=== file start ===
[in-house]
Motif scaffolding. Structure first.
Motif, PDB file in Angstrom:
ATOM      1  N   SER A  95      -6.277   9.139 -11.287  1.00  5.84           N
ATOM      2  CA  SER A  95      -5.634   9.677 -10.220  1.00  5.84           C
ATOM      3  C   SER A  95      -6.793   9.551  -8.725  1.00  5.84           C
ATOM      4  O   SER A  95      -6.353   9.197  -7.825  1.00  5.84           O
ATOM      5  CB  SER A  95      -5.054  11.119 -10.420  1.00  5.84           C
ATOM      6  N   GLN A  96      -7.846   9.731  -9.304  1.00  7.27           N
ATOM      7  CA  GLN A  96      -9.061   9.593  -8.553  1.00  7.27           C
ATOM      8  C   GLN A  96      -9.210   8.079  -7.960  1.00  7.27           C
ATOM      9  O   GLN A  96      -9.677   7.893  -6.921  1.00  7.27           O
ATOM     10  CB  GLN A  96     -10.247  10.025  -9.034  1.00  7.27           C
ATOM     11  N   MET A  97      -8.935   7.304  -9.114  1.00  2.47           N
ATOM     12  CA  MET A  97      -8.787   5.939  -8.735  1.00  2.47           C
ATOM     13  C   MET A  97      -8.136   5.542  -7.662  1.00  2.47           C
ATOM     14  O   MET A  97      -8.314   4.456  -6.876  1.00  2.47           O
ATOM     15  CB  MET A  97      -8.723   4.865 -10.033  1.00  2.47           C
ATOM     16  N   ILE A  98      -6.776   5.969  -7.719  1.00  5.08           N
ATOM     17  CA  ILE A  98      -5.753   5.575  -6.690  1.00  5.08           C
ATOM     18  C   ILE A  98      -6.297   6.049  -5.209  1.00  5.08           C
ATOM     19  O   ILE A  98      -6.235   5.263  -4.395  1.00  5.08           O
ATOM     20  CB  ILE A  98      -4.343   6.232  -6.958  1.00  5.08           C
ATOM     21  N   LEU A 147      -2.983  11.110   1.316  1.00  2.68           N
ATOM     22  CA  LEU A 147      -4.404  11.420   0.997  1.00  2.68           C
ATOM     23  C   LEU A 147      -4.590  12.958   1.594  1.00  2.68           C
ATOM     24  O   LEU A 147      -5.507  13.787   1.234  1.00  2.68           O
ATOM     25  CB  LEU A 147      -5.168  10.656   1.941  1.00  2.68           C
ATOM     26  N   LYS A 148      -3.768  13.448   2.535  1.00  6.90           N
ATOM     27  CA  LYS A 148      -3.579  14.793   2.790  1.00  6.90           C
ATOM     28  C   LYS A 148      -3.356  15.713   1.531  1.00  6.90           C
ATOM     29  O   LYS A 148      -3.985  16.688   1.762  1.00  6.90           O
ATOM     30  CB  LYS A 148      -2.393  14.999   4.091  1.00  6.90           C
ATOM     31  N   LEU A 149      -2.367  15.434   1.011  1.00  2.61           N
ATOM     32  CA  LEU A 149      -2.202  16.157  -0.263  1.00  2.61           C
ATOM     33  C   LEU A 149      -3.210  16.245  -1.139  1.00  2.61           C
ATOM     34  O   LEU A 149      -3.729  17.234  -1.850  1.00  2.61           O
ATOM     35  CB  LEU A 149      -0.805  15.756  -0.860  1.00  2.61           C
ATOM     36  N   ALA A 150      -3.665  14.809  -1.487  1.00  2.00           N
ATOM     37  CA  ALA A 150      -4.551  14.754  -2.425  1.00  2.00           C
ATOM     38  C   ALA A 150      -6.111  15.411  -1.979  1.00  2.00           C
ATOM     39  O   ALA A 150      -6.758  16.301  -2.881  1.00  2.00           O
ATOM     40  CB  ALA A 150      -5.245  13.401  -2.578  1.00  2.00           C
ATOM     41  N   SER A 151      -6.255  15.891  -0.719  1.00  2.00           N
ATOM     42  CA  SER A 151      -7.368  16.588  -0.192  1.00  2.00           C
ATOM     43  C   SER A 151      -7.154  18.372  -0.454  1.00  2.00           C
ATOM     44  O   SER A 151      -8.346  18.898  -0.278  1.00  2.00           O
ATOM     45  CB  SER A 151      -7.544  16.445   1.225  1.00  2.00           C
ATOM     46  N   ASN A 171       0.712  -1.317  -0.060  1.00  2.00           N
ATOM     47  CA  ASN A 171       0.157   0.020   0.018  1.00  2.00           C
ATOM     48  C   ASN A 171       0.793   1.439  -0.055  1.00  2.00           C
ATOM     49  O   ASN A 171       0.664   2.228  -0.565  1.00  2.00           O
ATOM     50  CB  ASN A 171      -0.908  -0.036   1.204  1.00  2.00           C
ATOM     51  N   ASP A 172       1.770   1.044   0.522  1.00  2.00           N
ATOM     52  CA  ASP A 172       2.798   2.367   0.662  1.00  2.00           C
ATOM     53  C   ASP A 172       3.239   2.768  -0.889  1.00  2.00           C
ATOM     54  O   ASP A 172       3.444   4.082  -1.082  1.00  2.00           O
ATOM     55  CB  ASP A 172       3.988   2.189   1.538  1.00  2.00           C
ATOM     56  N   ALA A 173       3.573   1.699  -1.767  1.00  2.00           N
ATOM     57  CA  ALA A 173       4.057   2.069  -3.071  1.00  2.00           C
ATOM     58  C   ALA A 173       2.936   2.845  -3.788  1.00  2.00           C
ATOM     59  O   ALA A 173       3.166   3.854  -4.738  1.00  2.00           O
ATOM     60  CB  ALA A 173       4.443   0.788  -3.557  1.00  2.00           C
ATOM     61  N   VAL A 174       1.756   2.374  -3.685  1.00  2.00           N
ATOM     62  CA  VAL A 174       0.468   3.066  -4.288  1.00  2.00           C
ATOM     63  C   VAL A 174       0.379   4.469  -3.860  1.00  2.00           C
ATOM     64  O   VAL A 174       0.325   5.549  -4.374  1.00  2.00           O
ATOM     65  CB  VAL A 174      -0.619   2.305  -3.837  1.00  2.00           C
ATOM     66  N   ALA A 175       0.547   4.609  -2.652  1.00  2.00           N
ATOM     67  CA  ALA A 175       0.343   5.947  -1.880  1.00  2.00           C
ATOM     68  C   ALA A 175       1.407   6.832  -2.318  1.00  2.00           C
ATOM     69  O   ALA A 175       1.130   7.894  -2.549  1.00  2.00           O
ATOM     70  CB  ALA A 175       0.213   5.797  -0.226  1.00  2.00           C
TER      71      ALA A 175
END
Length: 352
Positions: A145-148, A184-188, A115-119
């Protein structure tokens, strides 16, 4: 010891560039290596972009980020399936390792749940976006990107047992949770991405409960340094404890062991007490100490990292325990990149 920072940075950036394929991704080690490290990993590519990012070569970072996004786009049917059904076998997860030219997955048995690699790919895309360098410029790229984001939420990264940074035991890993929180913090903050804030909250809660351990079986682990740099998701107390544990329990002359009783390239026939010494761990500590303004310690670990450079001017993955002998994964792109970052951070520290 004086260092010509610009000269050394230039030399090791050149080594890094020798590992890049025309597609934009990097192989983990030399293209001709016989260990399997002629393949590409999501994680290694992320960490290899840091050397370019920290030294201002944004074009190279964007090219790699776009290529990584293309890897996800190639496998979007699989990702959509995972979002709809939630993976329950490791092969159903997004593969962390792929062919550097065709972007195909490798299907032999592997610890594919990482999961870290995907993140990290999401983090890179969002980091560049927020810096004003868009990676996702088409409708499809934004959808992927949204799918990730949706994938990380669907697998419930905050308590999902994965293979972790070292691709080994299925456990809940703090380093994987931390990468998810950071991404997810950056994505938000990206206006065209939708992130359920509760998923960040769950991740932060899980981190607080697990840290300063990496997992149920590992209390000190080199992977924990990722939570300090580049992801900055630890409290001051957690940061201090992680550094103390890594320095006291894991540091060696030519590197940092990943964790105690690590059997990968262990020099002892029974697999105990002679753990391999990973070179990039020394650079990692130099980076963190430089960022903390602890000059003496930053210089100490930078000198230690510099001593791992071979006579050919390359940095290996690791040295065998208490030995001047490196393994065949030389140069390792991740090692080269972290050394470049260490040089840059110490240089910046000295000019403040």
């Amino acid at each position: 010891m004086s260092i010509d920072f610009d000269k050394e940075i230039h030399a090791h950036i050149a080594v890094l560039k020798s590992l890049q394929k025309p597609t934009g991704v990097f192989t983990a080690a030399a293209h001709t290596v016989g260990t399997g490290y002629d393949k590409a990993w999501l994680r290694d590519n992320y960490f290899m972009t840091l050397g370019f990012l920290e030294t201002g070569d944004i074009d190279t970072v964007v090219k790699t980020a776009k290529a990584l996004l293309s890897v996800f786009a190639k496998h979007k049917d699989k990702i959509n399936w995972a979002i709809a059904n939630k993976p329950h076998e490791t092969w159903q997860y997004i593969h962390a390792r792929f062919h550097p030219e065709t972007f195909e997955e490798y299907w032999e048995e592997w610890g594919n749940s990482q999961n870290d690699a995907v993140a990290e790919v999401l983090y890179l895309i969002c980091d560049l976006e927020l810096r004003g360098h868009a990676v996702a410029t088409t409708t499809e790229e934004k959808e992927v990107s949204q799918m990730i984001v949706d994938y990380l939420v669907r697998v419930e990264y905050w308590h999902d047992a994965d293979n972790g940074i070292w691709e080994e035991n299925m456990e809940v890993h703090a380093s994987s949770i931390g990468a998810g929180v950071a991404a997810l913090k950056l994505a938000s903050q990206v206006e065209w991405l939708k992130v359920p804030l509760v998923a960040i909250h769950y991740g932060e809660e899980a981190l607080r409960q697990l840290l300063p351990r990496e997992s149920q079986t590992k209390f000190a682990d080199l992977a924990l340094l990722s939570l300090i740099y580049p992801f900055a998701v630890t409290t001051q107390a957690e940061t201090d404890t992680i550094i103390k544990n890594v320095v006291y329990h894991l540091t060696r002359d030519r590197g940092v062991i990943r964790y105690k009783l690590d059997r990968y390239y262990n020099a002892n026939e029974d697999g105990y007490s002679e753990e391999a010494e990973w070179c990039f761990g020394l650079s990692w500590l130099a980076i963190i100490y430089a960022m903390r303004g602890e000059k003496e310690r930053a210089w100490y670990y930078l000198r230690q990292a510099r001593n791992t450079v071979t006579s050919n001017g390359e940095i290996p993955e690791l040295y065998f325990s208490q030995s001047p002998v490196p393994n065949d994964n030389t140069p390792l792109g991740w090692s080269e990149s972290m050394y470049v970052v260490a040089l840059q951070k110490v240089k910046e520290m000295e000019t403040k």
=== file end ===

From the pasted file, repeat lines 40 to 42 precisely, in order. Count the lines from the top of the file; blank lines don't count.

ATOM     37  CA  ALA A 150      -4.551  14.754  -2.425  1.00  2.00           C
ATOM     38  C   ALA A 150      -6.111  15.411  -1.979  1.00  2.00           C
ATOM     39  O   ALA A 150      -6.758  16.301  -2.881  1.00  2.00           O